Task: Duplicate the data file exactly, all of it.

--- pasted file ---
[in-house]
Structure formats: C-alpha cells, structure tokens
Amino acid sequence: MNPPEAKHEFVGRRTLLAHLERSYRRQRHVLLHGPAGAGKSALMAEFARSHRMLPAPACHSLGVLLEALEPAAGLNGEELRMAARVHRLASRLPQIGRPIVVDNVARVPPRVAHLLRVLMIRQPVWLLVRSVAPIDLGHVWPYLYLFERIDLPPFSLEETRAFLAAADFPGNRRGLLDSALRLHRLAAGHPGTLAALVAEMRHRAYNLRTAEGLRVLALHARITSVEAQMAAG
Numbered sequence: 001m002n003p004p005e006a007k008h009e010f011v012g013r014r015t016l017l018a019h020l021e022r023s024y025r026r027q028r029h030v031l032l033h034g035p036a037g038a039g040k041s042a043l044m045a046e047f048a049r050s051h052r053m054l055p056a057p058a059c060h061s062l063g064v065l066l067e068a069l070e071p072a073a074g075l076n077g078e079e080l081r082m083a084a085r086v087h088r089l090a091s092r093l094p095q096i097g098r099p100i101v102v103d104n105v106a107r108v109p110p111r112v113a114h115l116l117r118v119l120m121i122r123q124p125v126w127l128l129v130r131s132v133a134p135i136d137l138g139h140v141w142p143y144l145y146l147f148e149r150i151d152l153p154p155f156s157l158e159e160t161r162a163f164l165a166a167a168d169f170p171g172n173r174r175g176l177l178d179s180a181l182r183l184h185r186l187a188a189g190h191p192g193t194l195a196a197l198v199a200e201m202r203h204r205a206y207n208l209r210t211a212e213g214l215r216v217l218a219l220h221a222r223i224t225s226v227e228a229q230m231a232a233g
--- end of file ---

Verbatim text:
[in-house]
Structure formats: C-alpha cells, structure tokens
Amino acid sequence: MNPPEAKHEFVGRRTLLAHLERSYRRQRHVLLHGPAGAGKSALMAEFARSHRMLPAPACHSLGVLLEALEPAAGLNGEELRMAARVHRLASRLPQIGRPIVVDNVARVPPRVAHLLRVLMIRQPVWLLVRSVAPIDLGHVWPYLYLFERIDLPPFSLEETRAFLAAADFPGNRRGLLDSALRLHRLAAGHPGTLAALVAEMRHRAYNLRTAEGLRVLALHARITSVEAQMAAG
Numbered sequence: 001m002n003p004p005e006a007k008h009e010f011v012g013r014r015t016l017l018a019h020l021e022r023s024y025r026r027q028r029h030v031l032l033h034g035p036a037g038a039g040k041s042a043l044m045a046e047f048a049r050s051h052r053m054l055p056a057p058a059c060h061s062l063g064v065l066l067e068a069l070e071p072a073a074g075l076n077g078e079e080l081r082m083a084a085r086v087h088r089l090a091s092r093l094p095q096i097g098r099p100i101v102v103d104n105v106a107r108v109p110p111r112v113a114h115l116l117r118v119l120m121i122r123q124p125v126w127l128l129v130r131s132v133a134p135i136d137l138g139h140v141w142p143y144l145y146l147f148e149r150i151d152l153p154p155f156s157l158e159e160t161r162a163f164l165a166a167a168d169f170p171g172n173r174r175g176l177l178d179s180a181l182r183l184h185r186l187a188a189g190h191p192g193t194l195a196a197l198v199a200e201m202r203h204r205a206y207n208l209r210t211a212e213g214l215r216v217l218a219l220h221a222r223i224t225s226v227e228a229q230m231a232a233g